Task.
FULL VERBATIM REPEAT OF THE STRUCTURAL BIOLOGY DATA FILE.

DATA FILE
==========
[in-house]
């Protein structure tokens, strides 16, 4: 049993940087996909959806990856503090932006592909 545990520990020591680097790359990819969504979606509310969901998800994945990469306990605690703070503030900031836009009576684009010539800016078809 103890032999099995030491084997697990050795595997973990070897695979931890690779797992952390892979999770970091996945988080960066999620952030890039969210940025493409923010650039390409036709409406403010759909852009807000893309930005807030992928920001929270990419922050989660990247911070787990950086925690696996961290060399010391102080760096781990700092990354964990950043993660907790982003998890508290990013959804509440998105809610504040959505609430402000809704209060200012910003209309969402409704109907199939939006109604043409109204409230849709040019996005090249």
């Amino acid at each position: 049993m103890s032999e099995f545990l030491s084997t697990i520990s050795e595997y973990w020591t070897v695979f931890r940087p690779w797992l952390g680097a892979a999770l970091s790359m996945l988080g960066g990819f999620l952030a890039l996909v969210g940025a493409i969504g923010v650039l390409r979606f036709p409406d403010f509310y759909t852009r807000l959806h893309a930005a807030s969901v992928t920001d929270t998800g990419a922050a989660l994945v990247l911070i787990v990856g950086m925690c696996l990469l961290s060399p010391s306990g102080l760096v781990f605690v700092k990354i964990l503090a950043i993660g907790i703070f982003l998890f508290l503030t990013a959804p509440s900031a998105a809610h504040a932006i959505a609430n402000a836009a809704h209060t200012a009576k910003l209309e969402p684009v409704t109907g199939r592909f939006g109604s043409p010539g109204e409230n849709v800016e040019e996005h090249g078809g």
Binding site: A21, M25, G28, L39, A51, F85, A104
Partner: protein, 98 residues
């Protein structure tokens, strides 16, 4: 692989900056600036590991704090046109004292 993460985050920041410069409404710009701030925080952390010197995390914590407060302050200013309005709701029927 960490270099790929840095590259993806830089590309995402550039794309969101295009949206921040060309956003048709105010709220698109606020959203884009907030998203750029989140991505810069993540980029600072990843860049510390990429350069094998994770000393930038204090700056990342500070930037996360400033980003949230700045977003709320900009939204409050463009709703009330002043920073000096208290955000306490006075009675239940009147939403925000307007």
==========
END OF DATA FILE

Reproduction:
[in-house]
């Protein structure tokens, strides 16, 4: 049993940087996909959806990856503090932006592909 545990520990020591680097790359990819969504979606509310969901998800994945990469306990605690703070503030900031836009009576684009010539800016078809 103890032999099995030491084997697990050795595997973990070897695979931890690779797992952390892979999770970091996945988080960066999620952030890039969210940025493409923010650039390409036709409406403010759909852009807000893309930005807030992928920001929270990419922050989660990247911070787990950086925690696996961290060399010391102080760096781990700092990354964990950043993660907790982003998890508290990013959804509440998105809610504040959505609430402000809704209060200012910003209309969402409704109907199939939006109604043409109204409230849709040019996005090249």
């Amino acid at each position: 049993m103890s032999e099995f545990l030491s084997t697990i520990s050795e595997y973990w020591t070897v695979f931890r940087p690779w797992l952390g680097a892979a999770l970091s790359m996945l988080g960066g990819f999620l952030a890039l996909v969210g940025a493409i969504g923010v650039l390409r979606f036709p409406d403010f509310y759909t852009r807000l959806h893309a930005a807030s969901v992928t920001d929270t998800g990419a922050a989660l994945v990247l911070i787990v990856g950086m925690c696996l990469l961290s060399p010391s306990g102080l760096v781990f605690v700092k990354i964990l503090a950043i993660g907790i703070f982003l998890f508290l503030t990013a959804p509440s900031a998105a809610h504040a932006i959505a609430n402000a836009a809704h209060t200012a009576k910003l209309e969402p684009v409704t109907g199939r592909f939006g109604s043409p010539g109204e409230n849709v800016e040019e996005h090249g078809g």
Binding site: A21, M25, G28, L39, A51, F85, A104
Partner: protein, 98 residues
């Protein structure tokens, strides 16, 4: 692989900056600036590991704090046109004292 993460985050920041410069409404710009701030925080952390010197995390914590407060302050200013309005709701029927 960490270099790929840095590259993806830089590309995402550039794309969101295009949206921040060309956003048709105010709220698109606020959203884009907030998203750029989140991505810069993540980029600072990843860049510390990429350069094998994770000393930038204090700056990342500070930037996360400033980003949230700045977003709320900009939204409050463009709703009330002043920073000096208290955000306490006075009675239940009147939403925000307007």